Movie Review – Batman (1989)
– Summary –
Director : Tim Burton
Year Of Release : 1989
Principal Cast : Michael Keaton, Kim Basinger, Jack Nicholson, Robert Wuhl, Pat Hingle, Billy Dee Williams, Michael Gough, Jack Palance, Jerry Hall, Tracey Walter, Lee Wallace, William Hootkins, Hugo E Blick.
Approx Running Time : 126 Minutes
Synopsis: When a masked vigilante starts fighting crime in the corrupt Gotham City, a villain named the Joker spreads a wave of anarchy among the populace with his deadly airborne toxins.
What we think : Dynamite tour-de-force from Tim Burton sees a new Batman take flight, as Gotham City comes to life in a way never before seen on the big (or small) screen. Keaton is solid, Basinger stunning, and Jack Nicholson steals the show from everyone as this 80’s classic delivers a new Batman for a new decade.
Who are you?
At the crest of 1989, the blitzkrieg marketing campaign for Warner Bros revamp of Batman, here helmed by Edward Scissorhands director Tim Burton, was inescapable. The Bat-symbol had become synonymous with camp KAPOW and ZAP from the 60’s television serial starring Adam West, so a concerted effort to distance this film from that was made, to large success. Burton’s Batman revolutionized comic book film-making. Where before had come glib, often campy and highly fantastical films – the Superman franchise, to name one – 1989’s Batman was dark, brooding, and utterly grounded in noir realism. Batman as a character had long been labelled “The Dark Knight”, without much emphasis on “Dark”, and yet here was a film that came with Burton’s penchant for moody atmospherics and Gothic settings, a villain that outshone the hero, and some set-pieces that became iconic throughout pop-culture (and still resonate today). Yes, Burton’s Batman was considered a marvel (pun intended) but how does it stack up today?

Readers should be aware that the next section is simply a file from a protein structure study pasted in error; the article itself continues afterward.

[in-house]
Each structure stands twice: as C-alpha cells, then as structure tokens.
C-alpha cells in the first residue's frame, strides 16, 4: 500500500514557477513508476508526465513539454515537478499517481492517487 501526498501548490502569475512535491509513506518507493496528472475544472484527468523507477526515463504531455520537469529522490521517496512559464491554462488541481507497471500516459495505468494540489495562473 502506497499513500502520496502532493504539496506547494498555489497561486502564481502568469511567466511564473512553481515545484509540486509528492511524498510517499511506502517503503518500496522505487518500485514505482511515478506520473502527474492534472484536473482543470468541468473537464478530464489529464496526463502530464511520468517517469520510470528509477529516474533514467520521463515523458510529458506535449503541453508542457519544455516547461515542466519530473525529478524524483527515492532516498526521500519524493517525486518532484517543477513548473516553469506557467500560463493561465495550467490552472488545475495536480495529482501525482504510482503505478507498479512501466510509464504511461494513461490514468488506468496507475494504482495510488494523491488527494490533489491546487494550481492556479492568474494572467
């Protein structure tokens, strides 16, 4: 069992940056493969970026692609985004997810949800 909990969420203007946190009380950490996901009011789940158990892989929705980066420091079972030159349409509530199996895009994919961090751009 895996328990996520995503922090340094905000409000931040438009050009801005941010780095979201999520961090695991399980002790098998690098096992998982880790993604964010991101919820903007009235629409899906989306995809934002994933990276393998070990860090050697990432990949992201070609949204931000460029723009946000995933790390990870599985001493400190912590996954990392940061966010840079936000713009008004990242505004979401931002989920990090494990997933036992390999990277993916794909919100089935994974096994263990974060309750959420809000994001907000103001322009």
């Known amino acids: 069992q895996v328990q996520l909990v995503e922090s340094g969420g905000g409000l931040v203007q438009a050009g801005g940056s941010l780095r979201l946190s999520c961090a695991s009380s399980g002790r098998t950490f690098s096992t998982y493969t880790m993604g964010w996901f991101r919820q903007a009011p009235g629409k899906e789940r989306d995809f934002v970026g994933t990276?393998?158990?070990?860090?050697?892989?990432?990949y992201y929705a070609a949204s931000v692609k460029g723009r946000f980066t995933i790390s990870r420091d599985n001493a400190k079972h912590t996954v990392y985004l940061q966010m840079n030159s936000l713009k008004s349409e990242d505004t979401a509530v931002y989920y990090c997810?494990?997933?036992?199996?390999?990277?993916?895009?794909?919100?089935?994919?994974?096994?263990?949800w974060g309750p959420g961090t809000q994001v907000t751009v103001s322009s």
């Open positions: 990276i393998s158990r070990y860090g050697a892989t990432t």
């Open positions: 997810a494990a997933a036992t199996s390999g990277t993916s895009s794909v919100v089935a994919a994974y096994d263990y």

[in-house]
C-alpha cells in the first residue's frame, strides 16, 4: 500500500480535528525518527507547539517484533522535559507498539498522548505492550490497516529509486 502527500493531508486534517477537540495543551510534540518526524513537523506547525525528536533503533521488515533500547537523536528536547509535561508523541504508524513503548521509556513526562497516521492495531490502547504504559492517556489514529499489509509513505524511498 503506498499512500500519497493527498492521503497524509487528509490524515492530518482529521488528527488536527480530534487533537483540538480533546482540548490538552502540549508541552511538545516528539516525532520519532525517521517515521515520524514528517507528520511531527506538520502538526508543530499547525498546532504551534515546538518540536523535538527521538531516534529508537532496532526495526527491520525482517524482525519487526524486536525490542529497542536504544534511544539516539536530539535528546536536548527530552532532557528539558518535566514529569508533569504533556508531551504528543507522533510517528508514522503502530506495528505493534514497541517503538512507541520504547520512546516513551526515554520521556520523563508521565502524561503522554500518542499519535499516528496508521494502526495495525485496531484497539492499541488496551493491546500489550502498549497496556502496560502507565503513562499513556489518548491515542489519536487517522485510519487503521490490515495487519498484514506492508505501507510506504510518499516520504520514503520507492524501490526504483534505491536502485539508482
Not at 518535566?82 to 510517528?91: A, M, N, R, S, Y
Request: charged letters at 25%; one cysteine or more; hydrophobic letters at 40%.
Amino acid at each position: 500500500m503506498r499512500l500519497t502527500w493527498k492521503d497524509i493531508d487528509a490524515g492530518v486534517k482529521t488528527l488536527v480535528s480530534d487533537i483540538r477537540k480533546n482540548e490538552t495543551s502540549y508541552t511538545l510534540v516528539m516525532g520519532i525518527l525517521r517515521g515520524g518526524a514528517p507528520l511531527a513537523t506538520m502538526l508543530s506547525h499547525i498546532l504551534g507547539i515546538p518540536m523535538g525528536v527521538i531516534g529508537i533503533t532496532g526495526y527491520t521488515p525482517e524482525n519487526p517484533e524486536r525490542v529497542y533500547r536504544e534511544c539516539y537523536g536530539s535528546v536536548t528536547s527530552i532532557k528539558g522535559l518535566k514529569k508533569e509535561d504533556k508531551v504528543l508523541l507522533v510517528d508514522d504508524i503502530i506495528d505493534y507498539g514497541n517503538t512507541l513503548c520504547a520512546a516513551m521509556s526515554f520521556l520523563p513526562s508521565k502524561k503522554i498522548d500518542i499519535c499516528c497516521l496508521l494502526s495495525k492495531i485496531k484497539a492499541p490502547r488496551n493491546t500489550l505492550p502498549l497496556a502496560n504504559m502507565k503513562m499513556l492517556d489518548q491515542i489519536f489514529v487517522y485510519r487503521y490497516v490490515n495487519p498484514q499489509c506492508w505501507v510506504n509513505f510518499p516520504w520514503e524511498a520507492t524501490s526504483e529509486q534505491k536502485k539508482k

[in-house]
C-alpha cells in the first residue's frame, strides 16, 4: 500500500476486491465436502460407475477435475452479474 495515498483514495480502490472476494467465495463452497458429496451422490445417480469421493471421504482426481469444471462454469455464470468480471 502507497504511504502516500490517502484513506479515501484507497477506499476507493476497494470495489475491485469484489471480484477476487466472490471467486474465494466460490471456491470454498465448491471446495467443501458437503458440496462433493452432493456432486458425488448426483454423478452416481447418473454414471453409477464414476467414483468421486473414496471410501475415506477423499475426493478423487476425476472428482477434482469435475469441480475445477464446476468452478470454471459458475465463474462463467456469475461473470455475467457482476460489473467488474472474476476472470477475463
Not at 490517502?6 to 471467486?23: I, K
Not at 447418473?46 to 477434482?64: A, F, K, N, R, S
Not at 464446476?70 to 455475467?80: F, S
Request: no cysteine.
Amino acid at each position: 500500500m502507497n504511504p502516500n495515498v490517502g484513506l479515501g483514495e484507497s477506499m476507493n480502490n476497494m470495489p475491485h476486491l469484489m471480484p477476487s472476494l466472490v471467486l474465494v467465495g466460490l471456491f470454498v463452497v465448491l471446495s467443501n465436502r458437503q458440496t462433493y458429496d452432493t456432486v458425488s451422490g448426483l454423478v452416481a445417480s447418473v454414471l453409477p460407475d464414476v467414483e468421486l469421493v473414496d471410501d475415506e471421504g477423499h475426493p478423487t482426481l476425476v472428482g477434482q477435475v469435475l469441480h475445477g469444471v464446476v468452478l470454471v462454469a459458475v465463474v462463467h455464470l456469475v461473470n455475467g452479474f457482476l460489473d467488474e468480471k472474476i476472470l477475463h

Billionaire orphan Bruce Wayne (Michael Keaton) spends his night skulking around Gotham City’s skyline as Batman, a masked vigilante fighting a war on crime and corruption. Although ostracized by the police (who are largely corrupt), Commissioner Gordon (Pat Hingle) sees in Batman a beacon of hope against the dark oppressiveness of cruelty that swamps the city. After a particular heist by local mafioso Carl Grisson (Jack Palance) goes wrong, gang leader Jack Napier (Jack Nicholson) plummets into a vat of acid, only to survive as a horribly scarred individual. Renaming himself The Joker, he begins to target the populace of Gotham with an airborne poison, in order to exact revenge against Batman. Meanwhile, newspaper reporter Knox (Robert Wuhl) and photojournalist Vicki Vale (Kim Basinger) attempt to follow the clues to unmask Batman and expose his identity.
In it’s day, Batman was the very personification of a comic book movie done the right way. Considered by many to be the creative Bat-equal of Richard Donner’s original Superman, and enormously successful off the back of the dynamite scale of the production (not to mention Prince’s inexplicably terrible pop-song soundtrack), Batman remains a very very cool proposition on a big screen. Although some of its effects have sadly dated (the model work of Gotham, in particular, doesn’t quite hold up in this post-Lord Of The Rings world) and the sets are obviously soundstages, but it’s all part of the film’s Gothic charm.